Detachable Warrant

AAA

DEFINITION of 'Detachable Warrant'

A derivative that is attached to a security and gives the holder the right to purchase an underlying security at a specific price within a certain time frame. A detachable warrant is often combined with various forms of debt offerings and can be removed by the holder and sold in the secondary market separately.

INVESTOPEDIA EXPLAINS 'Detachable Warrant'

Many companies choose detachable warrants when issuing bonds because it makes a debt offering more attractive and can be an effective method of raising new capital. The exposure to the right given by the detachable warrant can often gain the attention of investors who do not usually participate in the fixed-income markets.

A detachable warrant can be traded independently of the package with which it was offered, and is similar to a call option.

RELATED TERMS
  1. Bond

    A debt investment in which an investor loans money to an entity ...
  2. Call

    1. The period of time between the opening and closing of some ...
  3. Secondary Market

    A market where investors purchase securities or assets from other ...
  4. Derivative

    A security whose price is dependent upon or derived from one ...
  5. Fixed Income

    A type of investing or budgeting style for which real return ...
  6. Warrant

    A derivative security that gives the holder the right to purchase ...
RELATED FAQS
  1. I own some stock warrants. How do I exercise them?

    Typically, stock warrants are derivative instruments added to new issues of stocks or bonds to make these issues more attractive. ... Read Full Answer >>
  2. How can I create a yield curve in Excel?

    You can create a yield curve in Microsoft Excel if you are given the time to maturities of bonds and their respective yields ... Read Full Answer >>
  3. What are the different formations of yield curves?

    There are three main different formations of yield curves: normal, inverted and flat yield curves. The yield curve describes ... Read Full Answer >>
  4. What is the difference between share purchase rights and options?

    There is a big difference between share purchase rights and options. With share purchase rights, the holder may or may not ... Read Full Answer >>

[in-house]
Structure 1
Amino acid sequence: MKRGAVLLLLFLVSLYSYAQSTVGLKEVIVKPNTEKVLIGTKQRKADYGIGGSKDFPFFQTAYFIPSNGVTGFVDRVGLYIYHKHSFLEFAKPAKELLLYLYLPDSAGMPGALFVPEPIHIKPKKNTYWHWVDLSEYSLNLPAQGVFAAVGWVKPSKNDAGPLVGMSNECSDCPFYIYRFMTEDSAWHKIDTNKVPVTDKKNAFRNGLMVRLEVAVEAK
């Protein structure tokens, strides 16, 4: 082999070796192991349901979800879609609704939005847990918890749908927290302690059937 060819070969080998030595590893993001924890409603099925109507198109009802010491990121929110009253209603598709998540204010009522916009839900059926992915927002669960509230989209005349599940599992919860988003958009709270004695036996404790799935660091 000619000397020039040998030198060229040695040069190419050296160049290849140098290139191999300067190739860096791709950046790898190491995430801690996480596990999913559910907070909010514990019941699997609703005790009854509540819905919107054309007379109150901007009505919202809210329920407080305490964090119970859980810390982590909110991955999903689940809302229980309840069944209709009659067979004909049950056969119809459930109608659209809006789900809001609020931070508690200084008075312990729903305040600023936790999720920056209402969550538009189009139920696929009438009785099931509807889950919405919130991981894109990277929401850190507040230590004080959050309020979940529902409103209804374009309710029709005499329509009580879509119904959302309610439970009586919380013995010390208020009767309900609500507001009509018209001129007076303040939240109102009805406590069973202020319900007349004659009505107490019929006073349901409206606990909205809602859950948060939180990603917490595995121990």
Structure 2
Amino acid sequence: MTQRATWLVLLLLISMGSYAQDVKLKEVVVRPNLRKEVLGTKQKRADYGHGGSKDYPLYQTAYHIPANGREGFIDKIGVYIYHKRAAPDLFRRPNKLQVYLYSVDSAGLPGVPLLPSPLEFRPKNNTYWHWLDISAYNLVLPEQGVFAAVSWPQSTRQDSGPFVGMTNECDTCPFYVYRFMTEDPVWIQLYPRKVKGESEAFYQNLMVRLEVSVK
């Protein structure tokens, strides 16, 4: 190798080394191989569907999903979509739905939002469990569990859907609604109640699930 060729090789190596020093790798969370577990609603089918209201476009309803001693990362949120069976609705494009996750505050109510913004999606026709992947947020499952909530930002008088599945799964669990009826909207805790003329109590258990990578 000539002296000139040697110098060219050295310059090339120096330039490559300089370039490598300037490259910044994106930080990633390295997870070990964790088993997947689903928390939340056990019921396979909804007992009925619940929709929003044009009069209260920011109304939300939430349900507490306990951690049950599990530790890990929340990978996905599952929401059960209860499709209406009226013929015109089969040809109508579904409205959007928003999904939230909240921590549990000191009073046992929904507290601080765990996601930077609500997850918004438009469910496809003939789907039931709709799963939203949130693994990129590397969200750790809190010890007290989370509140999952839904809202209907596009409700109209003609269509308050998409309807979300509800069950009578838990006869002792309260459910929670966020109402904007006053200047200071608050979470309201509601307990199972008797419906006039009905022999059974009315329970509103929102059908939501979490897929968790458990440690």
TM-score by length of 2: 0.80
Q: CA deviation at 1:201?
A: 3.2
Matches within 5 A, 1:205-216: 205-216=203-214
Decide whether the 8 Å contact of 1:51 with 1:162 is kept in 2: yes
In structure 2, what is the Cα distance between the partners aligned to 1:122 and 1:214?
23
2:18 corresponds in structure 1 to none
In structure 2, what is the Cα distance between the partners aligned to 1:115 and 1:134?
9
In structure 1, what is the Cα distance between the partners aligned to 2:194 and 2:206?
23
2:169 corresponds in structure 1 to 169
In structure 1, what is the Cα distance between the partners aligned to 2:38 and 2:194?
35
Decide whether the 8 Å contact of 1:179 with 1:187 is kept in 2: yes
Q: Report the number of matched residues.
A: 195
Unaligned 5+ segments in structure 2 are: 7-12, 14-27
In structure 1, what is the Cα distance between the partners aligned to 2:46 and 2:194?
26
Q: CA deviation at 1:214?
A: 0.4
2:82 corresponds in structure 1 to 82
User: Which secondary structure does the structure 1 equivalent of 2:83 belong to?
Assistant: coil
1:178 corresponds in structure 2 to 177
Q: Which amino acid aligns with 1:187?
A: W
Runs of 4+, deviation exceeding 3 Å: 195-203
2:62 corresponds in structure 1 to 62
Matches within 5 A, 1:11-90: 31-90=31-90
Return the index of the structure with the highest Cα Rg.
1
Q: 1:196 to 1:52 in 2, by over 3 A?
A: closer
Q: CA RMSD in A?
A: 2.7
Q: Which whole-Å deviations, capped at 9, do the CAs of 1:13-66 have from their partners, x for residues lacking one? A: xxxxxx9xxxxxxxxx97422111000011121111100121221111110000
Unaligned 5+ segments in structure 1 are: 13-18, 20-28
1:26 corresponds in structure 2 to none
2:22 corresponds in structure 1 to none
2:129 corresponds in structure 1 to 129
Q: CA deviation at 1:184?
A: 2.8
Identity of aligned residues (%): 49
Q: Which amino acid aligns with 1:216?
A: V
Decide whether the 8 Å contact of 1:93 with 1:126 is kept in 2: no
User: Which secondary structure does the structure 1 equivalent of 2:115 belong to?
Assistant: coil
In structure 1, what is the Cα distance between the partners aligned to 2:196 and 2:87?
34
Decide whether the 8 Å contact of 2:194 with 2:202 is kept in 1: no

5. What is the difference between the rule of 70 and the rule of 72?

    The rule of 70 and the rule of 72 give rough estimates of the number of years it would take for a certain variable to double. ... Read Full Answer >>
  6. On what basis does the sustainable growth rate fluctuate?

    The main difference between a bond’s yield to maturity, or YTM, and the spot rate is that the YTM uses the same interest ... Read Full Answer >>
Related Articles
  1. Options & Futures

    Warrants: A High-Return Investment Tool

    Discover the advantages of this largely unexploited investment vehicle.
  2. Retirement

    Bond Basics Tutorial

    Investing in bonds - What are they, and do they belong in your portfolio?
  3. Professionals

    Why You Should Avoid Fixating on Bond Duration

    Financial advisors and their clients should then focus on a bond fund’s portfolio rather than relying on any single metric like duration.
  4. Investing

    The Case For Stocks Today

    Last week, U.S. equities advanced with the S&P 500 Index notching new records. Investors are now getting nervous with rate and currency volatility spiking.
  5. Mutual Funds & ETFs

    Why You May Want To Be (And Stay) In Bonds

    Bonds are complicated, and it’s easy to feel intimidated or confused. Fortunately, you don’t need to be a numbers geek to be an informed investor.
  6. Investing

    Why Some Investors Are Tilting Toward TIPS

    Last month’s five-year TIPS auction drew nearly $48 billion in interest, a sign of recent renewed demand for this inflation indexed asset among investors.
  7. Mutual Funds & ETFs

    The EMAG Emerging Mkts Bond ETF: Worth the Risk?

    The Market Vectors Emerging Markets Aggregate Bond ETF (EMAG) might offer long-term rewards, but is now the best time to jump in?
  8. Mutual Funds & ETFs

    5 Dividend ETFs with Growth Potential

    A quick look at a few ETFs with substantial growth potential.
  9. Bonds & Fixed Income

    Using Excel PV Function to compute Bonds PV

    To determine the value of a bond today - for a fixed principal (par value) to be repaid in the future at any predetermined time - we can use an Excel spreadsheet.
  10. Economics

    What Does Accretive Mean?

    In the business world, accretive most often to refers to additional growth from outside sources.

You May Also Like

Hot Definitions
  1. Moving Average - MA

    A widely used indicator in technical analysis that helps smooth out price action by filtering out the “noise” from random ...
  2. Yield Curve

    A line that plots the interest rates, at a set point in time, of bonds having equal credit quality, but differing maturity ...
  3. Productivity

    An economic measure of output per unit of input. Inputs include labor and capital, while output is typically measured in ...
  4. Variance

    The spread between numbers in a data set, measuring Variance is calculated by taking the differences between each number ...
  5. Terminal Value - TV

    The value of a bond at maturity, or of an asset at a specified, future valuation date, taking into account factors such as ...
  6. Rule Of 70

    A way to estimate the number of years it takes for a certain variable to double. The rule of 70 states that in order to estimate ...
Trading Center